Bank of Canada Governor Stephen Poloz said a rate cut is no longer on the table amid signs of an improving economy, even as he continued to cast doubt on the sustainability of the rebound.
Canada’s central bank — which has been very cautious in recent months on its assessment of the nation’s outlook — predicted Wednesday the economy will return more quickly to full capacity, a key variable for policy makers since it’s the main driver of inflation. At a press conference after holding rates steady, Poloz said the central bank has become “decidedly neutral” and didn’t consider the possibility of a rate cut, as it had earlier this year.
“In this context, given the data that we’ve seen in the last few months, I can say quite clearly, ‘No, a rate cut was not on the table at this time,'” Poloz told reporters in Ottawa. “As we’ve outlined pretty bluntly, given the circumstances we see, we’re decidedly neutral.
Watch the Bank of Canada press conference:[youtube=http://www.youtube.com/watch?v=BMCSvsGBxMU&w=560&h=315]
For weeks, Poloz has downplayed the recent run of strong data, pointing instead to persistent slack in the economy, especially relative to the U.S., as well as emerging geopolitical risks — a dovishness that has helped to keep the Canadian dollar in check and exporters more competitive. He even in talked openly in January about the possibility of cutting interest rates if needed.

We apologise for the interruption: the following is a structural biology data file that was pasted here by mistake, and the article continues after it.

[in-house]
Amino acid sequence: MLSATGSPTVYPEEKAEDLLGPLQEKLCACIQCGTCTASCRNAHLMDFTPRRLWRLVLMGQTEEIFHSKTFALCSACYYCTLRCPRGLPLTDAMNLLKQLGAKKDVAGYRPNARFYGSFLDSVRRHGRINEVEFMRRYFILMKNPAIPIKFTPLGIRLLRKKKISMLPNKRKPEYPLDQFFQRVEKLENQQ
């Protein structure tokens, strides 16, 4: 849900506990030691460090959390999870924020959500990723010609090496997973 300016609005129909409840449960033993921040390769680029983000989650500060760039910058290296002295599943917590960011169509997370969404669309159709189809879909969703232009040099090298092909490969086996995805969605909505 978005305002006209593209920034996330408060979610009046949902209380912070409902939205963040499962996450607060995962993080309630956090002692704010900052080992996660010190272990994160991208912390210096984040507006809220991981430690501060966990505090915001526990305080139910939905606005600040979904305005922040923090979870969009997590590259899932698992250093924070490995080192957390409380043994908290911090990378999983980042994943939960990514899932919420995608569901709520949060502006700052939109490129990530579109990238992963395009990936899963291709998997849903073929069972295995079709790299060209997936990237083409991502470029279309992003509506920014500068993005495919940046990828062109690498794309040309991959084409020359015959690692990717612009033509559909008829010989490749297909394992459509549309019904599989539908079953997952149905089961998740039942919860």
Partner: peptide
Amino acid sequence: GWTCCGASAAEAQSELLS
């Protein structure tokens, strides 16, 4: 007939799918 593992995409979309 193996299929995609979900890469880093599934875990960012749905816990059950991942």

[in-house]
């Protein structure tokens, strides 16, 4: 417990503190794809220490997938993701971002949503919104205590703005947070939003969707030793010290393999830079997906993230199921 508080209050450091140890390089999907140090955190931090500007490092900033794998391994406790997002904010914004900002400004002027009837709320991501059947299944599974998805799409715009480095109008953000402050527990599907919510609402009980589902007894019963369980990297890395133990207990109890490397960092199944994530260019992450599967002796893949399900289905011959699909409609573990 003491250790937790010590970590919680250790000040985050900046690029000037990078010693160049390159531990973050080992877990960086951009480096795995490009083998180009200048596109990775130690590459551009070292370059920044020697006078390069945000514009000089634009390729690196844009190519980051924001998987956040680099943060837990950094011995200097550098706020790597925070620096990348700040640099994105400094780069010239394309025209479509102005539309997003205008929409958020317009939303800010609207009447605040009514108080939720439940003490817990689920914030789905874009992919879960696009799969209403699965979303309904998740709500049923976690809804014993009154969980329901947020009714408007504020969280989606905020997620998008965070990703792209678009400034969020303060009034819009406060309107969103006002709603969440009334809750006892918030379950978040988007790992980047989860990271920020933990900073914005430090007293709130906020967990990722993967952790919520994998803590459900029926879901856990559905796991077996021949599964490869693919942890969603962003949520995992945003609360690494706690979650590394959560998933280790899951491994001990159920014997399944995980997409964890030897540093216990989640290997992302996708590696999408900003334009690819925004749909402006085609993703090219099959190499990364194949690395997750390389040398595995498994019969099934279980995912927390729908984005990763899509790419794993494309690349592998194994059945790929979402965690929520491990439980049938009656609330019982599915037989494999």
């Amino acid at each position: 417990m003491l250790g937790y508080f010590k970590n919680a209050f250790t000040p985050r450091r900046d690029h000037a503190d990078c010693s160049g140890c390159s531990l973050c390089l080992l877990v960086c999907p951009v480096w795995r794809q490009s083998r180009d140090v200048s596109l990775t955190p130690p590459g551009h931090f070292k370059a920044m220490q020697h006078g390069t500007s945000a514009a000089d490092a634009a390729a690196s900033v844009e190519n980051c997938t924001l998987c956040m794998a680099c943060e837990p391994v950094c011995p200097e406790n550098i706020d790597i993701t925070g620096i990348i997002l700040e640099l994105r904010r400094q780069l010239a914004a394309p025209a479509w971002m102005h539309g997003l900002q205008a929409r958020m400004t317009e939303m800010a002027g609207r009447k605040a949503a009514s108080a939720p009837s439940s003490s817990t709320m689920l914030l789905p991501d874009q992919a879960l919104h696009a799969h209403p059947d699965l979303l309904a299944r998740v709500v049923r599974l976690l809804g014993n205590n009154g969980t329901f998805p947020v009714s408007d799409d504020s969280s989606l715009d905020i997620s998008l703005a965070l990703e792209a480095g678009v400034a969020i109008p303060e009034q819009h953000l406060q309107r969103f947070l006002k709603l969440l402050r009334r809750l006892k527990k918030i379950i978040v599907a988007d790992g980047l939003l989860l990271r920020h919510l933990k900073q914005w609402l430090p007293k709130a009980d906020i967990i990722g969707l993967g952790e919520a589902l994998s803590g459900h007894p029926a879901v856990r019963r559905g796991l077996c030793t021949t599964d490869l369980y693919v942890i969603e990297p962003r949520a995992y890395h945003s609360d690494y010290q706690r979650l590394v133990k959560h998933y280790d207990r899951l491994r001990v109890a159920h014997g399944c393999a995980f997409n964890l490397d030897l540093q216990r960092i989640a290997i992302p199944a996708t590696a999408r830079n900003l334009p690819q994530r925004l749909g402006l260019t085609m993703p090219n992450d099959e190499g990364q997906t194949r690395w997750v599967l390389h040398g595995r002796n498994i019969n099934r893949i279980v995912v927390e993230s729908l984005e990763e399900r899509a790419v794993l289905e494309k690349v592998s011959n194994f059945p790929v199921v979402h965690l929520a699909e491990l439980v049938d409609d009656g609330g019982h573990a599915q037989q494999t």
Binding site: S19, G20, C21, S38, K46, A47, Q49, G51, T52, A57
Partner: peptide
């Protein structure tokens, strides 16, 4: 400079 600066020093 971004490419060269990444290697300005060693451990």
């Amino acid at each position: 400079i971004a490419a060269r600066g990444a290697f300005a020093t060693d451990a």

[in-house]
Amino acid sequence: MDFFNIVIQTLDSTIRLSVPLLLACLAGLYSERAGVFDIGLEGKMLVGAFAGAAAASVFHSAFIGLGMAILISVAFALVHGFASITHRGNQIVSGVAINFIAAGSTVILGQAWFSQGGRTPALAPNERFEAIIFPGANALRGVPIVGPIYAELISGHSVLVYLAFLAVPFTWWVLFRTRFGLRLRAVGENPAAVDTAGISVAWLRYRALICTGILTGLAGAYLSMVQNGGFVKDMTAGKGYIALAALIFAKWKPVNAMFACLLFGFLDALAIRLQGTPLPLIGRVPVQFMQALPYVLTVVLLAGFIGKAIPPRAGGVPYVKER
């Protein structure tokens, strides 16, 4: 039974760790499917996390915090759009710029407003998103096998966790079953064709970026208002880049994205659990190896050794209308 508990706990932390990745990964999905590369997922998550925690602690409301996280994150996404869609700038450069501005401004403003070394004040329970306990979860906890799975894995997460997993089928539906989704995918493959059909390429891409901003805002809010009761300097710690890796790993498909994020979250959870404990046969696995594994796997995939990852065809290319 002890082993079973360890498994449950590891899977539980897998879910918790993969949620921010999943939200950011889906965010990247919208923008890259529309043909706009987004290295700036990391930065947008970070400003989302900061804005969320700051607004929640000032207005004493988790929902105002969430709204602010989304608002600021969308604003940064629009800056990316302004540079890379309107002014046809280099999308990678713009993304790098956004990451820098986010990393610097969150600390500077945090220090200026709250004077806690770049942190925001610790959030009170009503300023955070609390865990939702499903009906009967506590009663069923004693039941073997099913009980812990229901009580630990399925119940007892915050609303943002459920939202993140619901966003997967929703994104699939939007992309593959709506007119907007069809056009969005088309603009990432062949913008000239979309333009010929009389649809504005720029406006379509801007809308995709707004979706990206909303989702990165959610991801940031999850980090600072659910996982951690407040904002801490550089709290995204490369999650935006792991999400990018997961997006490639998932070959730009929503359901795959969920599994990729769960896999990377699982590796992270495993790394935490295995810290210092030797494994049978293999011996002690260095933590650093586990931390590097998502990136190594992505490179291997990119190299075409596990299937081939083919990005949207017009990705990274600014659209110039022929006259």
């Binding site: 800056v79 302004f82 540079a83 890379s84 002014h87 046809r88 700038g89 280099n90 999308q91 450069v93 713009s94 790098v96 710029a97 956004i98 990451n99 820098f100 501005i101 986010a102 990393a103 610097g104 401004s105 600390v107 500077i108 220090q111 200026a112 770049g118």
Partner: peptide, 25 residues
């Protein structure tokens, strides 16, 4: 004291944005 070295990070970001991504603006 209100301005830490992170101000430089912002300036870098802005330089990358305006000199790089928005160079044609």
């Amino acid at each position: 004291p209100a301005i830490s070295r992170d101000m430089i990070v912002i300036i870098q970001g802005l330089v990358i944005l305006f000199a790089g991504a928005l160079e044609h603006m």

While highlighting many of the same risks in their announcement, policy makers were forced to “acknowledge” the improvement in a statement that pointed out domestic growth has been faster than expected, with less economic slack than previously thought and a strengthening global outlook. The benchmark interest rate remains unchanged at 0.5 per cent.
Still, the central bank, which also published its quarterly forecasts Wednesday, cited many reasons for caution and continued to highlight the divergence between a U.S. economy, which the bank said is in full employment, and Canada “where material slack remains.” There are signs of weakness in the labor market, inflation data, exports and business investment, the central bank said. The Bank of Canada also revised down its estimates for how quickly the nation’s economy can grow.
Senior Deputy Governor Carolyn Wilkins, in an opening statement to reporters, said the central bank’s governing council was “very focused” on how much excess capacity remains in the economy, and has concluded there is still “material room” to grow.
- The Bank of Canada projected a quicker return to full capacity than in its last quarterly report in January. It forecast the nation’s output gap will close in the first half of 2018, earlier than a January call for the return to full capacity in mid-2018. That implies at least a one-quarter faster return.
- That reflects two things: a “higher profile for economic activity” and a reduction in the bank’s estimate for potential growth, which was cut to 1.3 per cent in 2017 from a previous estimate of 1.5 per cent.
- Faster-than-expected GDP growth in 2017 — the bank increased its growth estimate for the year to 2.6 per cent from 2.1 per cent — is largely due to residential investment being brought forward from future years and will largely dissipate by 2018, the central bank estimates. As a result, the central bank lowered its estimate for 2018 growth to 1.9 per cent.
- The amount of excess capacity in the first quarter of this year is estimated at three-quarters of a percentage point of GDP, versus 1.25 per cent in the fourth quarter of 2016.